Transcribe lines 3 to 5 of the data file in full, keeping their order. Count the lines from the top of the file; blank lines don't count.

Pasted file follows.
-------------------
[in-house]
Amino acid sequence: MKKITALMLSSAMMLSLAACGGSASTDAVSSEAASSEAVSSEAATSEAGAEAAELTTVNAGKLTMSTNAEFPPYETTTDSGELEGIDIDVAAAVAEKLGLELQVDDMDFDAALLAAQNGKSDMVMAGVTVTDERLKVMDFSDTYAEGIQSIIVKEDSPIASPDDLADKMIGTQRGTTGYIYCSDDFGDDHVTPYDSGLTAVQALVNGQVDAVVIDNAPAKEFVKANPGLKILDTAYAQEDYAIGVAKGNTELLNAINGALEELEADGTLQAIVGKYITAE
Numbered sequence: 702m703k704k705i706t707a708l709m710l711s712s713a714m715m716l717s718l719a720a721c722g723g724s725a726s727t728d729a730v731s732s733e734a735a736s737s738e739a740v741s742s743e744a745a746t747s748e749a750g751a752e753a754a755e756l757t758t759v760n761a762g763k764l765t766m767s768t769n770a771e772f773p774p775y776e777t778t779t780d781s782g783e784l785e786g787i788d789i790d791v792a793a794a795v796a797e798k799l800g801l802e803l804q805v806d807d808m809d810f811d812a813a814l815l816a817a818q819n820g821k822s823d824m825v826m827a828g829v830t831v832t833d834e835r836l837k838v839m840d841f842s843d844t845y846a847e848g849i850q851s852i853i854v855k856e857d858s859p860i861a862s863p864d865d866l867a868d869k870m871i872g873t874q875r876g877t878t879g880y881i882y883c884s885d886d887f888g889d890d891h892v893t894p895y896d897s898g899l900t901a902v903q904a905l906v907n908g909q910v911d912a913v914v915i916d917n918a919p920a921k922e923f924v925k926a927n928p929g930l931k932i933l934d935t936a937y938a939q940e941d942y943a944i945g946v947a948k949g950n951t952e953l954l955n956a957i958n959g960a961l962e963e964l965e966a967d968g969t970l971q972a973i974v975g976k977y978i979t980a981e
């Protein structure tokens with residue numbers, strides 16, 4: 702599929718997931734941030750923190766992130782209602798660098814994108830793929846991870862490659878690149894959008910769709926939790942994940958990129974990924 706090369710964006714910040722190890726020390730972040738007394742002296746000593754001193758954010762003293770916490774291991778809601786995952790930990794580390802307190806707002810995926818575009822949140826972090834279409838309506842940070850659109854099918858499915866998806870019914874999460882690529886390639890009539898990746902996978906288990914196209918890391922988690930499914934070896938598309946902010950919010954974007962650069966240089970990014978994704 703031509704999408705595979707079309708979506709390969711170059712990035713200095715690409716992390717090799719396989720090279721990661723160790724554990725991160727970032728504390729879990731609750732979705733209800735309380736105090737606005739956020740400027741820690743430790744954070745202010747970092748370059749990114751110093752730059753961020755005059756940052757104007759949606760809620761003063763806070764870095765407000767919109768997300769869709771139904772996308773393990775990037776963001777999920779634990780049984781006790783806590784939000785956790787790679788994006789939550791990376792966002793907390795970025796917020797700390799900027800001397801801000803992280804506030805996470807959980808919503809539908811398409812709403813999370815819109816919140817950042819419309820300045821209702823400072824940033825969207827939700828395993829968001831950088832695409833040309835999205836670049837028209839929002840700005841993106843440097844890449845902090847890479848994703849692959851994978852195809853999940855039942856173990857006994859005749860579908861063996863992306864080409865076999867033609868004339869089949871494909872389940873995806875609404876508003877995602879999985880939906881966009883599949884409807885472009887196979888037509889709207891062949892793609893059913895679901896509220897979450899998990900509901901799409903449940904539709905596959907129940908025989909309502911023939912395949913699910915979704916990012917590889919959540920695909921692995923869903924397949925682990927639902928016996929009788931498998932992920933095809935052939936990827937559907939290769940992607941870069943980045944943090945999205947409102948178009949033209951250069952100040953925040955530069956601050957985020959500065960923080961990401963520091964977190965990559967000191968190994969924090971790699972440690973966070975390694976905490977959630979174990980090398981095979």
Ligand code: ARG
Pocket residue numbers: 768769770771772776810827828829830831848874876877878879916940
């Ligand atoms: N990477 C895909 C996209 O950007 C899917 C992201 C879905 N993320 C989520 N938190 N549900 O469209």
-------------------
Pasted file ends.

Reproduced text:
Numbered sequence: 702m703k704k705i706t707a708l709m710l711s712s713a714m715m716l717s718l719a720a721c722g723g724s725a726s727t728d729a730v731s732s733e734a735a736s737s738e739a740v741s742s743e744a745a746t747s748e749a750g751a752e753a754a755e756l757t758t759v760n761a762g763k764l765t766m767s768t769n770a771e772f773p774p775y776e777t778t779t780d781s782g783e784l785e786g787i788d789i790d791v792a793a794a795v796a797e798k799l800g801l802e803l804q805v806d807d808m809d810f811d812a813a814l815l816a817a818q819n820g821k822s823d824m825v826m827a828g829v830t831v832t833d834e835r836l837k838v839m840d841f842s843d844t845y846a847e848g849i850q851s852i853i854v855k856e857d858s859p860i861a862s863p864d865d866l867a868d869k870m871i872g873t874q875r876g877t878t879g880y881i882y883c884s885d886d887f888g889d890d891h892v893t894p895y896d897s898g899l900t901a902v903q904a905l906v907n908g909q910v911d912a913v914v915i916d917n918a919p920a921k922e923f924v925k926a927n928p929g930l931k932i933l934d935t936a937y938a939q940e941d942y943a944i945g946v947a948k949g950n951t952e953l954l955n956a957i958n959g960a961l962e963e964l965e966a967d968g969t970l971q972a973i974v975g976k977y978i979t980a981e
């Protein structure tokens with residue numbers, strides 16, 4: 702599929718997931734941030750923190766992130782209602798660098814994108830793929846991870862490659878690149894959008910769709926939790942994940958990129974990924 706090369710964006714910040722190890726020390730972040738007394742002296746000593754001193758954010762003293770916490774291991778809601786995952790930990794580390802307190806707002810995926818575009822949140826972090834279409838309506842940070850659109854099918858499915866998806870019914874999460882690529886390639890009539898990746902996978906288990914196209918890391922988690930499914934070896938598309946902010950919010954974007962650069966240089970990014978994704 703031509704999408705595979707079309708979506709390969711170059712990035713200095715690409716992390717090799719396989720090279721990661723160790724554990725991160727970032728504390729879990731609750732979705733209800735309380736105090737606005739956020740400027741820690743430790744954070745202010747970092748370059749990114751110093752730059753961020755005059756940052757104007759949606760809620761003063763806070764870095765407000767919109768997300769869709771139904772996308773393990775990037776963001777999920779634990780049984781006790783806590784939000785956790787790679788994006789939550791990376792966002793907390795970025796917020797700390799900027800001397801801000803992280804506030805996470807959980808919503809539908811398409812709403813999370815819109816919140817950042819419309820300045821209702823400072824940033825969207827939700828395993829968001831950088832695409833040309835999205836670049837028209839929002840700005841993106843440097844890449845902090847890479848994703849692959851994978852195809853999940855039942856173990857006994859005749860579908861063996863992306864080409865076999867033609868004339869089949871494909872389940873995806875609404876508003877995602879999985880939906881966009883599949884409807885472009887196979888037509889709207891062949892793609893059913895679901896509220897979450899998990900509901901799409903449940904539709905596959907129940908025989909309502911023939912395949913699910915979704916990012917590889919959540920695909921692995923869903924397949925682990927639902928016996929009788931498998932992920933095809935052939936990827937559907939290769940992607941870069943980045944943090945999205947409102948178009949033209951250069952100040953925040955530069956601050957985020959500065960923080961990401963520091964977190965990559967000191968190994969924090971790699972440690973966070975390694976905490977959630979174990980090398981095979």
Ligand code: ARG